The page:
Couple Fights Over Who Gets Custody of the…Online Game Points?

The Internet Patrol - Patrolling the Internet for You

Remember that study that said that Internet addiction was not a big factor in online gaming? Well maybe Internet addiction itself isn’t, but surely online gaming addiction has to be a factor in the rise in issues surrounding the “ownership” of online game ‘property’. And when we say “issues”, we do mean “issues”.

Why just earlier today we wrote about the high school student who started phishing in order to pay for his online gaming habit.


Of course, far worse is the guy who killed a fellow gamer for selling his virtual sword.

Now we have a couple in China who met while playing the online game Legend of Mir 2, and after his game character rescued her game character from being killed by someone else’s game character they, apparently swept up by the romance of it all, met and got married in real life.

The marriage, as one might expect, was fairly short-lived (perhaps because they were such characters). They met in September, and by June they were ready to call it quits.

No Paywall Here!
The Internet Patrol is and always has been free. We don't hide our articles behind a paywall, or restrict the number of articles you can read in a month if you don't give us money. That said, it does cost us money to run the site, so if something you read here was helpful or useful, won't you consider donating something to help keep the Internet Patrol free?
Click for amount options
Other Amount:
What info did you find here today?:

 

But not without first figuing out how to divide up their property. She said “let’s split everything down the middle.” But he is having none of that. He knows where his priorities lay. “Keep our apartment,” he said, “just give me the game characters and other virtual items.” She, however, is sticking to her guns about splitting everything evenly.

Between them, during their short-lived marriage, they played ten separate Legend of Mir 2 accounts, reaching high levels in each, and amassing virtual items valued at a total of between 40,000 and 50,000 Chinese Yuan (about 4,500 to 6,000 USD).

Either their apartment is really low rent, or he is a bit crazy to be willing to take the Legend items in exchange for the apartment, and she is a bit crazy to not say “yes”.

 

Actually, come to think if it, in any case, they are both a bit crazy.

No Paywall Here!
The Internet Patrol is and always has been free. We don't hide our articles behind a paywall, or restrict the number of articles you can read in a month if you don't give us money. That said, it does cost us money to run the site, so if something you read here was helpful or useful, won't you consider donating something to help keep the Internet Patrol free?
Click for amount options
Other Amount:
What info did you find here today?:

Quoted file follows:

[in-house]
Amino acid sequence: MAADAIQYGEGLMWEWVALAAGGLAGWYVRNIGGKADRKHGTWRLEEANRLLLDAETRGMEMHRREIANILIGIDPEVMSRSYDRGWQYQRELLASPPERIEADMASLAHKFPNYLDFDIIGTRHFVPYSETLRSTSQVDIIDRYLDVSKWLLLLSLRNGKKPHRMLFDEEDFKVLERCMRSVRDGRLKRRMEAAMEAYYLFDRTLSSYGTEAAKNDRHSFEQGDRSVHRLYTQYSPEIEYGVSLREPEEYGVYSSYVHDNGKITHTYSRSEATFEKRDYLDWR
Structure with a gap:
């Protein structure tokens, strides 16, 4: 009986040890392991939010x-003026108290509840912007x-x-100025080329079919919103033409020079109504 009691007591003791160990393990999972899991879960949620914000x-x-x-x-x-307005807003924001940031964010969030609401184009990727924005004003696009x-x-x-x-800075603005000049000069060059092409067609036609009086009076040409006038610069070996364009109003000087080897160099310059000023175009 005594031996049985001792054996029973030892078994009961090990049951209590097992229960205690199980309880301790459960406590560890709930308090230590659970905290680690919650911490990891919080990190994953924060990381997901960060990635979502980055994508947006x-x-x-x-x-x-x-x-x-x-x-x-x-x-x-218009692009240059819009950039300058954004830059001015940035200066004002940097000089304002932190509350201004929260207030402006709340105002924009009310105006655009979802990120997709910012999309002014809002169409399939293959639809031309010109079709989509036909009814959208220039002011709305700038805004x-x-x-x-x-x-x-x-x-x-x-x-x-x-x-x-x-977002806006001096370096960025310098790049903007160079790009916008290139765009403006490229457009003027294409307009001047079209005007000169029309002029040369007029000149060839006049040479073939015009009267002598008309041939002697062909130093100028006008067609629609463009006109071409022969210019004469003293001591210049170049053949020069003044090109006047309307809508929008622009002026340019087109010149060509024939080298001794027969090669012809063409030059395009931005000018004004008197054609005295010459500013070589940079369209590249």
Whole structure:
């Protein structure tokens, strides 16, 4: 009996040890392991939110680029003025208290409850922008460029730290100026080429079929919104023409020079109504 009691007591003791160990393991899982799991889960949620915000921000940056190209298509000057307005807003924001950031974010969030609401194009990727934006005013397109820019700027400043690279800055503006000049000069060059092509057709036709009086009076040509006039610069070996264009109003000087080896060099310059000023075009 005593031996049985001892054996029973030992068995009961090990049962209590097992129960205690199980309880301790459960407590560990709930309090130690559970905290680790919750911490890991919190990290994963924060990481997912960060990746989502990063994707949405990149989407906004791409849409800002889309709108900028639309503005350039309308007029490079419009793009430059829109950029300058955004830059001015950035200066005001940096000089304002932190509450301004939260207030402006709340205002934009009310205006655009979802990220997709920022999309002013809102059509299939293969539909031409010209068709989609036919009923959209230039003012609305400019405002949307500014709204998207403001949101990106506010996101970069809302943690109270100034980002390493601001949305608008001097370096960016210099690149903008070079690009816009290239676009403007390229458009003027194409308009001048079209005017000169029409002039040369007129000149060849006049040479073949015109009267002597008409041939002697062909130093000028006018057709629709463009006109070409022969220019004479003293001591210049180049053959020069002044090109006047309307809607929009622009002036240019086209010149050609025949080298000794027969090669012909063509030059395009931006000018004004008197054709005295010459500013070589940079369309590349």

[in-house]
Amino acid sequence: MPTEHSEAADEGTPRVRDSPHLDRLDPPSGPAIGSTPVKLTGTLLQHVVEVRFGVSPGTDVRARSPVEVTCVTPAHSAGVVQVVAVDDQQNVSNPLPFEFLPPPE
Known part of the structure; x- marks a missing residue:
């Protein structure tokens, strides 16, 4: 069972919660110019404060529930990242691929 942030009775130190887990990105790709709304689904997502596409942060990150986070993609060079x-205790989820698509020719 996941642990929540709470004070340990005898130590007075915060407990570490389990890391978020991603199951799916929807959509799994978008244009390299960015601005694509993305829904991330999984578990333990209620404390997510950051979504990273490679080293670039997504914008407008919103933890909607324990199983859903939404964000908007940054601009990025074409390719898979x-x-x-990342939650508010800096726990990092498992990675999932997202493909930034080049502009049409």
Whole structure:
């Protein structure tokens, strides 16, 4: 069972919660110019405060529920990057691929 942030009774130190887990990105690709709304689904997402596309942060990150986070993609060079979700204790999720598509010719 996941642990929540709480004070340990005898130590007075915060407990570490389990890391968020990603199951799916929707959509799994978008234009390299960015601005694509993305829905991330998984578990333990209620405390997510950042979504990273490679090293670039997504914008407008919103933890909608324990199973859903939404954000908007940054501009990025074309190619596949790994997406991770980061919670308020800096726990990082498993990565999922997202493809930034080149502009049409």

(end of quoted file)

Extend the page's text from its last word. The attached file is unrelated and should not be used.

One thought on “Couple Fights Over Who Gets Custody of the…Online Game Points?

  1. She wanted to split everything down the middle…and he wanted to keep all the online items and let her have the apartment. For starters, I probably would have sided with him!

    1. He could have sold all their joint, accumulated items for Six…let me emphasize this…six T.H.O.U.S.A.N.D….dollars! Now- what could he do with that money?

    Buy a cheap car? Rent his own cheap apartment and have enough to last him a year without having to do anything?

    2. Online games cost money. You pay to play. How long had they been playing? That adds up! Most online games average 15 dollars amonth. That’s 90 dollars every six months. 180 dollars every year. Not to mention…a YEAR’S worth of time PLAYING. MMORPGs, which it seems this game was, are constantly changing, you are constantly improving.

    You go from a no-name whelp with nothing but a cloth covering and a wooden sword (or class equivalent) to spending HOURS questing, fighting, planning strategies, looting treasure until you have a lot of equipment. GOOD equipment even RARE equipment that everyone wants!

    If I worked that hard for all those items (and believe me, I have three MMORPG’s!) only to have them assigned to my spouse upon divorce…I’d be a bit ticked off too! Not only could he sell them for the game’s equivalent of money (you wouldn’t believe how hard I worked to get all the house pets and the horse I have now in Everquest 2. Why? Because I can’t have them in real-life so I get them there. It makes me happy!) but he can sell them for REAL MONEY!

    3. Virtual items for money has been debated for years. Where do we draw the line? Everquest 2, for instance, has just created Station Exchange. Which means…it used to be illegal to sell EQ2 items for real life cash…but now they are legalizing it so that items CAN be sold for money. They are ENCOURAGING it. Why? Because it profits them.

    If the games are encouraging us to sell virtual items for real life money…then yes, you will see a lot more issues like this. If it’s kept in the game, that’s that. But once they start adding a value to certain items. (500 dollars for a virtual horse, for example) then yes. Couples who play together will invariably fight over property rights of the virtual games when it comes time for them to go on their seperate ways.

    You complain a lot about virtual gaming, but you seem to have no idea about the way it works. Go give it a try for a few a mental asylum. Yes, some people don’t know where to draw the line. But when real money becomes involved, like it has here, then you have no right to judge either of the people involved. Six thousand dollars, especially! That’s a lot of cash to keep someone going for a pretty long time!

    Debts or student loans, anyone…?

Leave a Reply

Your email address will not be published. Required fields are marked *

This site is protected by reCAPTCHA and the Google Privacy Policy and Terms of Service apply.